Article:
Billionaire Microsoft creator Bill Gates said that your most unhappy customers are your greatest source of learning.
He might have slyly added that it is an even better idea not to make them unhappy in the first place.
While any move to increase residential rate payments was always going to make ratepayers unhappy, Warrnambool City Council has blown off both feet by handling the issue so poorly. It commissioned a report to inform a vote on Monday to take a rate rise request to the Essential Services Commission. The report found, among other things, the cost of providing services has risen. Council duly voted in favour of taking the request to the Commission and then promised to consult with ratepayers. To no-one’s astonishment, the news did not go down well. Council then subsequently announced it would spend $30,000 on a consultant to manage the consultation process to ensure independence and integrity. This news was akin extinguishing fires with aviation fuel.
Council’s muddled plan and ultra-defensive comments are classic hallmarks of getting things out of order.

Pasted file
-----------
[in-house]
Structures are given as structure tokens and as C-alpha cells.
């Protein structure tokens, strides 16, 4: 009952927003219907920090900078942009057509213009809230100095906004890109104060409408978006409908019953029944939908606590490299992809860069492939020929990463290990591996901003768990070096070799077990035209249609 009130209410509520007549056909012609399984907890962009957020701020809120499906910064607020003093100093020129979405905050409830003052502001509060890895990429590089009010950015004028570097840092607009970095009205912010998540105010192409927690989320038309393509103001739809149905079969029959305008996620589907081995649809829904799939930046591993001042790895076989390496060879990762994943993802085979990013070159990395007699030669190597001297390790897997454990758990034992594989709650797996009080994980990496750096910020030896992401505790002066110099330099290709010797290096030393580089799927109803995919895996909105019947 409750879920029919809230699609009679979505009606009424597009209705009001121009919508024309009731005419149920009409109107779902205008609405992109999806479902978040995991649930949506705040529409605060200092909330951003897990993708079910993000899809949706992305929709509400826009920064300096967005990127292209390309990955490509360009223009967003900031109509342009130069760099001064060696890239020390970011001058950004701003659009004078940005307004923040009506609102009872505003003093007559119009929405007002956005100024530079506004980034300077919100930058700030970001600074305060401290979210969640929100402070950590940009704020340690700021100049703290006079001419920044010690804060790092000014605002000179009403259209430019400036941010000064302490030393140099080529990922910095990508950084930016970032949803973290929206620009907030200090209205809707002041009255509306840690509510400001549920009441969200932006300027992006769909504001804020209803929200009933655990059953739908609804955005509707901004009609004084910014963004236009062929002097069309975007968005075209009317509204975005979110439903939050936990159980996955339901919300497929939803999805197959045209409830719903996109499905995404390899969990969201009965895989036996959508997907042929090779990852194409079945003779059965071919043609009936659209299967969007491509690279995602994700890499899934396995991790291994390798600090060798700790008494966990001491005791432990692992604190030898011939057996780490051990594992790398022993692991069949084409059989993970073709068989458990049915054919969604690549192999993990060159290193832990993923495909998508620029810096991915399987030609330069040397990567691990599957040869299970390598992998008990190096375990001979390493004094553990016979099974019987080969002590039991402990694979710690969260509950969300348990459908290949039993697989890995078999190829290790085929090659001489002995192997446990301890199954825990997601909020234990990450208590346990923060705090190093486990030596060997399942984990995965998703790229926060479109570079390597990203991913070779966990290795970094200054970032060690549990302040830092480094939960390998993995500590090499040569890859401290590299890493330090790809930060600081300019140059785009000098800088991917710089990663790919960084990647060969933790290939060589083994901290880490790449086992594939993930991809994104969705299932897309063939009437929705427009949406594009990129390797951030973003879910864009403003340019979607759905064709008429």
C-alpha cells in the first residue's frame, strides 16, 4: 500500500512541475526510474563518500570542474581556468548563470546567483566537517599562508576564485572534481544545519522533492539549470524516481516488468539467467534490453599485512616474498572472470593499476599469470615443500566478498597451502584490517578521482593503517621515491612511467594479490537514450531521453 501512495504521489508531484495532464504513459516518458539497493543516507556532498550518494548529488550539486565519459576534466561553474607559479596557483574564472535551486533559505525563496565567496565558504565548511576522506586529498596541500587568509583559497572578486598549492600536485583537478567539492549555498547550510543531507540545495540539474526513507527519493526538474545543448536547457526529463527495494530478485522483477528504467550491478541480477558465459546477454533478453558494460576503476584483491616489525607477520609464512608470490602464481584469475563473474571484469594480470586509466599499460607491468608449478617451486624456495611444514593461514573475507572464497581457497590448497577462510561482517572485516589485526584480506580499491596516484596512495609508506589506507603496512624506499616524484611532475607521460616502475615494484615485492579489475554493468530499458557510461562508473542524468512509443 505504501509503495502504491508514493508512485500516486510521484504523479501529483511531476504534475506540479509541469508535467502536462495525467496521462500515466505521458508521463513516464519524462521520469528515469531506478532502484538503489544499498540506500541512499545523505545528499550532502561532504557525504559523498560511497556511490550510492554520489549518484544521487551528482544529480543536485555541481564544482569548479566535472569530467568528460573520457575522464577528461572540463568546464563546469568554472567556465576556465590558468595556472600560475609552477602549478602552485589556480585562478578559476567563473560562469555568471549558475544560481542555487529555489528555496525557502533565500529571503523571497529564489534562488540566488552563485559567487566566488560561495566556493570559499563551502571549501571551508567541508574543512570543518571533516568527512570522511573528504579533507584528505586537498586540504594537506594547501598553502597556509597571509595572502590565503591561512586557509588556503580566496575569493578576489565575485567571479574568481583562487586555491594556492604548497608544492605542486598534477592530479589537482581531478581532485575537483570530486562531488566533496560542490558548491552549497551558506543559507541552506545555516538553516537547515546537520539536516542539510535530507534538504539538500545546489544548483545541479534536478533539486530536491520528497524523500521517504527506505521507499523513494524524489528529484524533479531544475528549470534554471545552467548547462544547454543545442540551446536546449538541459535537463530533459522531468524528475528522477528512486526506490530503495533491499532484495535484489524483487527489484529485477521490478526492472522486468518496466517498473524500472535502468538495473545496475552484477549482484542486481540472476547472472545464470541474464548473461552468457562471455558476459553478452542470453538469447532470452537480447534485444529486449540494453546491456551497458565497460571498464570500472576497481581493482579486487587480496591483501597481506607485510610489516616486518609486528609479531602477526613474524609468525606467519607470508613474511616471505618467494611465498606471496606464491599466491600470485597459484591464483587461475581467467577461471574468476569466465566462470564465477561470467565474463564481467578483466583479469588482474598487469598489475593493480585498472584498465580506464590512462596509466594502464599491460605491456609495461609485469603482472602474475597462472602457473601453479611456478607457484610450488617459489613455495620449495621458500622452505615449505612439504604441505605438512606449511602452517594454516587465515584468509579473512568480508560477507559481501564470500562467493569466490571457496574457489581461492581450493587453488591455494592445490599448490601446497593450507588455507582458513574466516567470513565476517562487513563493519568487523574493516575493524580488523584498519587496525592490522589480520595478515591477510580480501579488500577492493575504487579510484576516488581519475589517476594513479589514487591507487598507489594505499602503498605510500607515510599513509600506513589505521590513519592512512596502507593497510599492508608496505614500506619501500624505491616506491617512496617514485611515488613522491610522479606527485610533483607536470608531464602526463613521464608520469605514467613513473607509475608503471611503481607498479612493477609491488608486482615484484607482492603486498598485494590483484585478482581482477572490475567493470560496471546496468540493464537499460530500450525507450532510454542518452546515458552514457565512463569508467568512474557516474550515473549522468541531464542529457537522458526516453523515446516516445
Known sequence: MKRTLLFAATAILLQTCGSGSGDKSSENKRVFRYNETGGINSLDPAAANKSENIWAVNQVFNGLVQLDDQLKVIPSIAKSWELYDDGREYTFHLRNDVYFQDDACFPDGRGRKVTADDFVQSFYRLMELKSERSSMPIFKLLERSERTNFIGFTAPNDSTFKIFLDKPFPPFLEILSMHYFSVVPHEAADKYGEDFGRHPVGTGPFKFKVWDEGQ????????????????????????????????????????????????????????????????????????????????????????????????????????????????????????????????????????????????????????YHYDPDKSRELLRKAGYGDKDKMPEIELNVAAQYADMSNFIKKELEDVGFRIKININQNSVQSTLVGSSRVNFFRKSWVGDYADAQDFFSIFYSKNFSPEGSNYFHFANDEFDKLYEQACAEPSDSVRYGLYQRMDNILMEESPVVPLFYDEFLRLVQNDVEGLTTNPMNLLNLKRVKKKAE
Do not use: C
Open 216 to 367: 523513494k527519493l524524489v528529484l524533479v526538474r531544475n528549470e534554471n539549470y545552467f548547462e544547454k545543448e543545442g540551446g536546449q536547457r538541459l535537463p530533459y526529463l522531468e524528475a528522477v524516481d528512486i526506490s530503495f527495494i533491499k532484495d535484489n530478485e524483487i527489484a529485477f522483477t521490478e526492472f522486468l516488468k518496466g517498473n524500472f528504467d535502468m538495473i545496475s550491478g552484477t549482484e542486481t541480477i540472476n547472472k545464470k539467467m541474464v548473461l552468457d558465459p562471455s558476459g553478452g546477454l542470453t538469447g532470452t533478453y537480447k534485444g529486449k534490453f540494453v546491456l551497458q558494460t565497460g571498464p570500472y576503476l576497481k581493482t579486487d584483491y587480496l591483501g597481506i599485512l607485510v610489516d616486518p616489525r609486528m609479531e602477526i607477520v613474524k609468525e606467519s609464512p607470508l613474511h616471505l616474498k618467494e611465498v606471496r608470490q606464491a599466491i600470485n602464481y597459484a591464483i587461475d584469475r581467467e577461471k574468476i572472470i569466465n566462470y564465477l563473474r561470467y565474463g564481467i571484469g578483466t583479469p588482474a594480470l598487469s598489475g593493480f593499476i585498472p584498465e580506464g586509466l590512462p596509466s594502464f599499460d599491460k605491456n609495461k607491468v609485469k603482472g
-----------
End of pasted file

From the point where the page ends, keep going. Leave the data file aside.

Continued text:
At the core, the decision council is grappling with is what to do with increasing cost of service provision? It is in an unusual position as a growing regional local government body charged with maintaining a crumbling port that time passed by long ago, an airport and other challenges. Other councils need only grapple with picking up rubbish and mowing sporting ovals. Council needed to inform and consult before making the decision to go to the Essential Services Commission. It needed to ask the tough questions behind its decision to attempt to increase rates: what do ratepayers expect from council? If we are to live within our means and not increase rates, which services would you pay more for? Which services would you cut, if necessary? And then based on that feedback, council could have had an informed vote on several options. Instead, ratepayers are venting and if the Essential Services Commission approves the rise, all but one councillor must be feeling their chances of re-election have evaporated.